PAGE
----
Agriculture: Almond Pest Management Guidelines

Dormant Spur or First-Year Twig Sampling and Treatment Guidelines

Dormant spur or twig sampling is used to determine the need for a dormant treatment to control San Jose scale, European red mite, brown mite, European fruit lecanium, and almond scab, caused by Fusicladium carpophilum (Venturia carpophila). Scale and mites are sampled on spurs; scab is sampled on twigs. Dormant spur and twig samples are taken once a year between mid-November and the end of January.

How to Sample

(View photo pages online for identification)

  • Randomly select 35 to 50 trees from each orchard or plot to be sampled.
  • Selecting major scaffolds randomly, clip 2 to 3 spurs (scale and mites) or twigs (scab) from the inside of each tree's canopy.
  • Clip the spur or twig off at the base. For scales and mites, sample spurs that are at least two years or older. Make sure to include some old spur wood along with the last year's growth to detect parasite activities on scales.
  • Using a hand lens or binocular microscope, examine 20 of the spurs for scales, European red mite or brown mite eggs, or one-year-old green twigs for scab lesions.
  • Record observations in a sampling form (PDF). It is not necessary to count the number of individual insects or mite eggs present, just identify the pest or disease and record whether it is present or not.
  • Note how many scales are parasitized. A parasitized scale can be distinguished from a live scale by a small hole in the top of the scale covering. Parasitized European fruit lecanium scales turn black. If a large number of scales have been parasitized, minimize the use of insecticides during the growing season and only use those that are not harmful to parasites so that naturally occurring populations will not be destroyed. See RELATIVE TOXICITIES OF PESTICIDES USED IN ALMONDS TO NATURAL ENEMIES AND HONEY BEES for a list of pesticides and their toxicity to parasites.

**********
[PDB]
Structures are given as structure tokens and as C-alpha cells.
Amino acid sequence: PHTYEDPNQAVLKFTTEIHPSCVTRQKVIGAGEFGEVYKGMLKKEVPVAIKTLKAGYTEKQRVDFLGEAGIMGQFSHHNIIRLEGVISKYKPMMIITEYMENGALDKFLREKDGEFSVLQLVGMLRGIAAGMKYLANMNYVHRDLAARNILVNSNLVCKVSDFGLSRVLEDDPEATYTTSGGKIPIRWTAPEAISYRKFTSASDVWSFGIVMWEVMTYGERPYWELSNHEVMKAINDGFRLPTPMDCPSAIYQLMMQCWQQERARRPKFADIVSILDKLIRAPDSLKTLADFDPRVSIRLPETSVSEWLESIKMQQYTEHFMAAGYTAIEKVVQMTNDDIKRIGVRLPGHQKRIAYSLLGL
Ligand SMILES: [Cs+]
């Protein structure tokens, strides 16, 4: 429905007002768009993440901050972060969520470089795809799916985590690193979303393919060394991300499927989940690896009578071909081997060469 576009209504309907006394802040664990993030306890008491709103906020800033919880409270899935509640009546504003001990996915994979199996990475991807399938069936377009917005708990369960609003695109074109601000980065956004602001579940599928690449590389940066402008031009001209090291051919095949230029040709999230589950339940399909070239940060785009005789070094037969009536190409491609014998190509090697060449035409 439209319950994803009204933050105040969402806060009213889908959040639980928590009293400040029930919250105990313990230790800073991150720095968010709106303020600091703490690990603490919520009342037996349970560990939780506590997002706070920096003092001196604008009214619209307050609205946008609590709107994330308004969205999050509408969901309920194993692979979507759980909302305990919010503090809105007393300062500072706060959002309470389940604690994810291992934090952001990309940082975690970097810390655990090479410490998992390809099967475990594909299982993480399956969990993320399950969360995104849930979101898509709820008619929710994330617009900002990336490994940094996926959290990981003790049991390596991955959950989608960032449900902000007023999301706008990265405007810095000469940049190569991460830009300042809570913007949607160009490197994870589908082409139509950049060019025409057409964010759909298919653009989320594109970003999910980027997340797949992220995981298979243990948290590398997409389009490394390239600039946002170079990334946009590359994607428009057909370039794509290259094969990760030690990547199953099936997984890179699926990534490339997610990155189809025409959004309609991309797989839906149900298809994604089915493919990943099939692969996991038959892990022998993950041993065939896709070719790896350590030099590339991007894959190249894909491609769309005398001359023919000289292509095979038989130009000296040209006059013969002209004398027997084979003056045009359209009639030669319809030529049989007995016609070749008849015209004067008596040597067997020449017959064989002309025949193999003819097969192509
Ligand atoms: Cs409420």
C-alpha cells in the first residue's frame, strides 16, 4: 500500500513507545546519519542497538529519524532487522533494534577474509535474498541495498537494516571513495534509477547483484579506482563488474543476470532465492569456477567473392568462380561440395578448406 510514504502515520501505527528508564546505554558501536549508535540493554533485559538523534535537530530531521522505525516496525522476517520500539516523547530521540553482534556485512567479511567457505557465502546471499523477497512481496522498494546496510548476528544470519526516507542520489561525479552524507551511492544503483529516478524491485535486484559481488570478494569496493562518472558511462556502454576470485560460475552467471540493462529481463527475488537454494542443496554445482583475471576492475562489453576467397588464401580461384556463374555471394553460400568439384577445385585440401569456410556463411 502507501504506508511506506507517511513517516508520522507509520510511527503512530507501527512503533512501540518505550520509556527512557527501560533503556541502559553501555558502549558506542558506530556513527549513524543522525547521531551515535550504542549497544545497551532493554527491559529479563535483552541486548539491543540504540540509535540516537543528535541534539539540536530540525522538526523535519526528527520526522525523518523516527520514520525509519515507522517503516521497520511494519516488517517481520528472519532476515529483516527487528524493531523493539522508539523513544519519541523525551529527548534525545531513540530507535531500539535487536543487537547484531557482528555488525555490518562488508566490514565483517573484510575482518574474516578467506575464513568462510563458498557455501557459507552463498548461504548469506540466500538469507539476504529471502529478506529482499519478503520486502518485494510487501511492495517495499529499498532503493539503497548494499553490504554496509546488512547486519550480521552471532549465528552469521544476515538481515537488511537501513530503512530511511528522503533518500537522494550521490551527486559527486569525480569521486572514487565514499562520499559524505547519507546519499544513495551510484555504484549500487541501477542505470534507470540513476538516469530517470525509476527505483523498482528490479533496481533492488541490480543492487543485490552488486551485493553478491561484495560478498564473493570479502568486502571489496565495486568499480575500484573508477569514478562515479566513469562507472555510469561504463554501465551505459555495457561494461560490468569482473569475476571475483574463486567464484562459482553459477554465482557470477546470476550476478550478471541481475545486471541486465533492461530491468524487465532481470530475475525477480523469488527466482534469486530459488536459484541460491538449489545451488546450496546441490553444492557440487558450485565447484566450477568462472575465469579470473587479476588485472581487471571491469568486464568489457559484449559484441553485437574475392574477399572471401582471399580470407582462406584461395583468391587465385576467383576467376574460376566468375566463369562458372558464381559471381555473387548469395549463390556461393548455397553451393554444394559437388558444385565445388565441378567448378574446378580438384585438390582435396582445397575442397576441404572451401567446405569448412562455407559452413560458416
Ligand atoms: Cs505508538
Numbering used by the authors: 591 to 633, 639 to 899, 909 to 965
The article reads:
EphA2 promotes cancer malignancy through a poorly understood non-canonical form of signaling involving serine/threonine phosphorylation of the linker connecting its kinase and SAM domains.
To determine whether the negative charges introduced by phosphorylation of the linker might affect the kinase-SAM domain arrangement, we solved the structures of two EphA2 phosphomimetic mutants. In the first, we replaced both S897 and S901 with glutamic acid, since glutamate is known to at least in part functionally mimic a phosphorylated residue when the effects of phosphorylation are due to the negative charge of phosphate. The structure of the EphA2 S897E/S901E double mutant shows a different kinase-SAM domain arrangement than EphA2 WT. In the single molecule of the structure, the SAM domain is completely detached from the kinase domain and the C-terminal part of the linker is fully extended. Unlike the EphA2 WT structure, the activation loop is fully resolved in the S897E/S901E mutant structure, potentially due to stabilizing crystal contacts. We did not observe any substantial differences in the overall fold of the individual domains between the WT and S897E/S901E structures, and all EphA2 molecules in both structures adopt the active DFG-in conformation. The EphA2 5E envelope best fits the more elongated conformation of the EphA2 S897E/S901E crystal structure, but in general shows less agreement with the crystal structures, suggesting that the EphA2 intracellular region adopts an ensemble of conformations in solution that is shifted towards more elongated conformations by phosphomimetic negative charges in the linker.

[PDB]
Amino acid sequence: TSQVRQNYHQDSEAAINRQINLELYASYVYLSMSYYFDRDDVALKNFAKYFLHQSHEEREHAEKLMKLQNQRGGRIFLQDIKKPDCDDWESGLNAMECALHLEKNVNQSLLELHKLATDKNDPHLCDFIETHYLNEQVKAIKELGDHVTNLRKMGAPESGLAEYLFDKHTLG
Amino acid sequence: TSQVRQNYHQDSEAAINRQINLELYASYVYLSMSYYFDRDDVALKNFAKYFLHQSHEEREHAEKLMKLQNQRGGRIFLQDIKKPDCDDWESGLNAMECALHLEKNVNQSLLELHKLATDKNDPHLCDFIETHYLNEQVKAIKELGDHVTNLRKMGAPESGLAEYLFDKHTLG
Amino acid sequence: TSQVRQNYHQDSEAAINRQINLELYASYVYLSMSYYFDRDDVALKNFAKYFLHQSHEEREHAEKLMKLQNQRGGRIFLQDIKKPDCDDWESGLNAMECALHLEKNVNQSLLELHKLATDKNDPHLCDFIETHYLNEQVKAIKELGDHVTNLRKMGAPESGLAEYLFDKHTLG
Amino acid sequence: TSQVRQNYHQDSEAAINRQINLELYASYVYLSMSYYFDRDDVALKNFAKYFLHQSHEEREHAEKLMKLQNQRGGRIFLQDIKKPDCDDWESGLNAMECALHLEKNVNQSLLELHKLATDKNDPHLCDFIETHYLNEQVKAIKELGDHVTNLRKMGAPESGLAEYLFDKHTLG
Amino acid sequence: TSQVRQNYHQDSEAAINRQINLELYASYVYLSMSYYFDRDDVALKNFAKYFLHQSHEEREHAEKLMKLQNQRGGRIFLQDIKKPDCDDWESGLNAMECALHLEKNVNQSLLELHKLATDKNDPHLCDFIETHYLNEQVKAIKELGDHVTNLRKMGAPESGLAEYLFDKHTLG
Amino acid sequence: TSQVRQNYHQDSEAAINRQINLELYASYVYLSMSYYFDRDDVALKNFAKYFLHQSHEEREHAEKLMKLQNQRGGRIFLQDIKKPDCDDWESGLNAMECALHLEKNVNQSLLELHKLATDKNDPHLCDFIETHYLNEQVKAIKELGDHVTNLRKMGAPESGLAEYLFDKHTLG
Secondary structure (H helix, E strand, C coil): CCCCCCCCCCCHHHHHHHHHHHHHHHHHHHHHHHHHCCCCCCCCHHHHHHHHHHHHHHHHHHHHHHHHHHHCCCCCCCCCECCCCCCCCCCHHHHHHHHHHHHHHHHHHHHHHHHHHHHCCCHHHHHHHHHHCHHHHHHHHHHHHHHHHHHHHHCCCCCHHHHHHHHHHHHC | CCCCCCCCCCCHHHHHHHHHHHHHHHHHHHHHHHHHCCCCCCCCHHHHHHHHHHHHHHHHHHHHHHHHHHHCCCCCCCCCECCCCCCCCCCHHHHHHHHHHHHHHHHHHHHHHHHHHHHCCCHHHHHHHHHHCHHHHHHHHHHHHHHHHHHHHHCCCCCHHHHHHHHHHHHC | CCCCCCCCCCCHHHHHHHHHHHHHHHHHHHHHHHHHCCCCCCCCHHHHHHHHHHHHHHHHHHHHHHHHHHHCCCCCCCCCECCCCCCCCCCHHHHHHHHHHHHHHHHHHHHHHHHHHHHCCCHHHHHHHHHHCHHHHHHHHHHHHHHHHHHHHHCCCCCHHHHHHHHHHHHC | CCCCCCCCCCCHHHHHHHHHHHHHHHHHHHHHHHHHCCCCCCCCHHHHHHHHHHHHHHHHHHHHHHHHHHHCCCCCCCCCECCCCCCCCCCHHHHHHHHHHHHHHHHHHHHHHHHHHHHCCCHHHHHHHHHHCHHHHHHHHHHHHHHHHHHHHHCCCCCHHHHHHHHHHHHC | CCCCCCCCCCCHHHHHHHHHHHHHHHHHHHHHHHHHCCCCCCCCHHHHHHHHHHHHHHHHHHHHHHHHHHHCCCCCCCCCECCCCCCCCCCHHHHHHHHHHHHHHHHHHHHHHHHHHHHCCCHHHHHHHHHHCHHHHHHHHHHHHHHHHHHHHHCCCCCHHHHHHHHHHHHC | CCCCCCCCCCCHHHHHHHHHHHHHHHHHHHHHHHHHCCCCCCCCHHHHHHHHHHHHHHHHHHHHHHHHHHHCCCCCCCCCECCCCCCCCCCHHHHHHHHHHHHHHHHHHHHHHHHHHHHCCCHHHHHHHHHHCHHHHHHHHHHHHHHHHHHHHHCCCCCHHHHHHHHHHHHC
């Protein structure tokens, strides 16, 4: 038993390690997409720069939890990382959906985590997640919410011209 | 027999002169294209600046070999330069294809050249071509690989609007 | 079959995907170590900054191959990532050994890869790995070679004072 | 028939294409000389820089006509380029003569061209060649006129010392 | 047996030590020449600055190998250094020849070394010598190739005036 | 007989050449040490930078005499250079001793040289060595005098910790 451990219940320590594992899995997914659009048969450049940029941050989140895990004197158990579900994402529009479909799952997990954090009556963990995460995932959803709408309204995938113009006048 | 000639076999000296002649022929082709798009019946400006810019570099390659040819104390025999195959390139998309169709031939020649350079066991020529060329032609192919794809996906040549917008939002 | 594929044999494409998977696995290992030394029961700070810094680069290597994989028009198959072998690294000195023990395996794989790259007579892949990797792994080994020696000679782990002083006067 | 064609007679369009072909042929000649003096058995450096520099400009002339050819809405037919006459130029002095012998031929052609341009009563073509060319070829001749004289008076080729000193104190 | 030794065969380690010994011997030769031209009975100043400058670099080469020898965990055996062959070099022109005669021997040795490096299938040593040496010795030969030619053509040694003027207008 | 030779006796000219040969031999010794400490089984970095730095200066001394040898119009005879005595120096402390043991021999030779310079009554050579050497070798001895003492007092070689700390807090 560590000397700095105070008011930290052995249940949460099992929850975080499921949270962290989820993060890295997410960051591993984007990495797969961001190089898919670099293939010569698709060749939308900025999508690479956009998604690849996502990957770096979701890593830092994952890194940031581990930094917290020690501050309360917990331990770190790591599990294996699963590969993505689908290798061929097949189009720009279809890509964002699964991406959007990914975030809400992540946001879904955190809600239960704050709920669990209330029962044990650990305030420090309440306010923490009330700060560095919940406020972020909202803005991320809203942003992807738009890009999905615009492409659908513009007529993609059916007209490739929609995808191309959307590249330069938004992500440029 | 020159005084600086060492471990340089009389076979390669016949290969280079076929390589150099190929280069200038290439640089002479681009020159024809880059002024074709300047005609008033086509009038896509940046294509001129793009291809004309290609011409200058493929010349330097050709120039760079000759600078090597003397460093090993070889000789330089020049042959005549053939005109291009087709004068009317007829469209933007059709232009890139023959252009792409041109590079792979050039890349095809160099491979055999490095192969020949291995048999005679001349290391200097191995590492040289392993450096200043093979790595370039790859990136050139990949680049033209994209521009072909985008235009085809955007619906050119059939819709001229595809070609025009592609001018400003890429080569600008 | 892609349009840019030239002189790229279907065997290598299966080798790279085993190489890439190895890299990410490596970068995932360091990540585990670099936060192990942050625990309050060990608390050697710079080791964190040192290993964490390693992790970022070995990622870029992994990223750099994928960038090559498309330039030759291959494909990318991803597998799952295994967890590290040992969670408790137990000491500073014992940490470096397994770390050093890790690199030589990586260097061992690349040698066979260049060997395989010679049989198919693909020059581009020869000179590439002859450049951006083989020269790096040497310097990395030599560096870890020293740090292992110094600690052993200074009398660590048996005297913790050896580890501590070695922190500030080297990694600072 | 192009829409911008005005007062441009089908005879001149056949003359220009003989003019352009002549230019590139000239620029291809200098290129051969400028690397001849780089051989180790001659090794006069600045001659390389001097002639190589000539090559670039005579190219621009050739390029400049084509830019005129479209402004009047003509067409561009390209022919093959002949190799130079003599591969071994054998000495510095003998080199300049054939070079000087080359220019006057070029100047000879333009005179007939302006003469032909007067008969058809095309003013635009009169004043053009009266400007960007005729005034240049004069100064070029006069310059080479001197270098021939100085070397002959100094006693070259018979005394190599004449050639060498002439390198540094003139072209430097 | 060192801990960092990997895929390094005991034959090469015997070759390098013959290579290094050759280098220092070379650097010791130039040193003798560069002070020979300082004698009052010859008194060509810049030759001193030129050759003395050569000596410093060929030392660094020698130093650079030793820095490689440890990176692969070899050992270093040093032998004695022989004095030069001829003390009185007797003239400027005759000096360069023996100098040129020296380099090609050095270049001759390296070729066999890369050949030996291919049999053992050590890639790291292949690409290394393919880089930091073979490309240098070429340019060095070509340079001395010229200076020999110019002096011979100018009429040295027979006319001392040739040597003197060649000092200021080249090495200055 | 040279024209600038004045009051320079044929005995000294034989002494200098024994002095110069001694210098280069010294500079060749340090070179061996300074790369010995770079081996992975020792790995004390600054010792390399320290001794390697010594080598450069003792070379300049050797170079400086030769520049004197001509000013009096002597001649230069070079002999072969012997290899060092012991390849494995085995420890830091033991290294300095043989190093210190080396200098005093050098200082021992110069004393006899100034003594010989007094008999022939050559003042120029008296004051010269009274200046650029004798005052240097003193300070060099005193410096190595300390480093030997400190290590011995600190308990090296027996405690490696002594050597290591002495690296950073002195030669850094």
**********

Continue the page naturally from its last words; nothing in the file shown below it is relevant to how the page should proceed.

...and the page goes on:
Treatment Thresholds

Examine each of the 20 spurs or twigs for the presence or absence of scales, European red or brown mite eggs or scab lesions. Do not combine totals for the two scale species. For example, if 3 spurs out of a sample of 20 are infested with San Jose scale and 3 spurs contain European fruit lecanium, neither has exceeded the 20% treatment threshold and sampling should continue.

Number of Spurs with Scale or Mites Eggs
# Spurs
sampled
Do not
treat
Continue
sampling
Treat
20 (scale) 0 1–3 4
20 (mite eggs) Collect 40 spurs before making a treatment decision
40 1 2–7 8
60 3 4–11 12
80 5 6–15 16
100 1–19 20

Number of First Year Green Twigs with Scab
# Twigs
sampled
Do not
treat
Continue
sampling
Treat
20 Collect 40 twigs before making a treatment decision
40 1 2–3 4
60 3 4–5 6
80 5 6–7 8
100 1–9 10

To determine treatment thresholds use the table below, with detailed treatment threshold information for dormant spur sampling. A dormant spur sampling form (PDF) is available.

Dormant Treatment Decision Table (% Infested or Infected Spurs or Twigs)
Pest Threshold Treatment
San Jose Scale Below 20%
20%–60%
Over 60%
No Spray
Oil at 6–8 gals/acre
Oil with insect growth regulator2
European Fruit Lecanium Below 20%
20% and above
No spray
Oil only
Overwintering Mite Eggs1 (European red mite or brown mite) Below 20%
20% and above
No spray
Oil only
Scab Below 10%
10% and above
No spray
Copper + oil or chlorothalonil + oil
1 Oil works best closer to delayed dormant timing or on warmer days when eggs are respiring. Using dormant oil alone does not provide adequate control for European red mites in Kern County.
2 See San Jose Scale section for specific insect growth regulators.

Important Links

  • Dormant spur sampling form for San Jose scale, European fruit lecanium, and mites (PDF)
  • Photos of pests monitored with the dormant spur sample
  • Text Updated: 08/17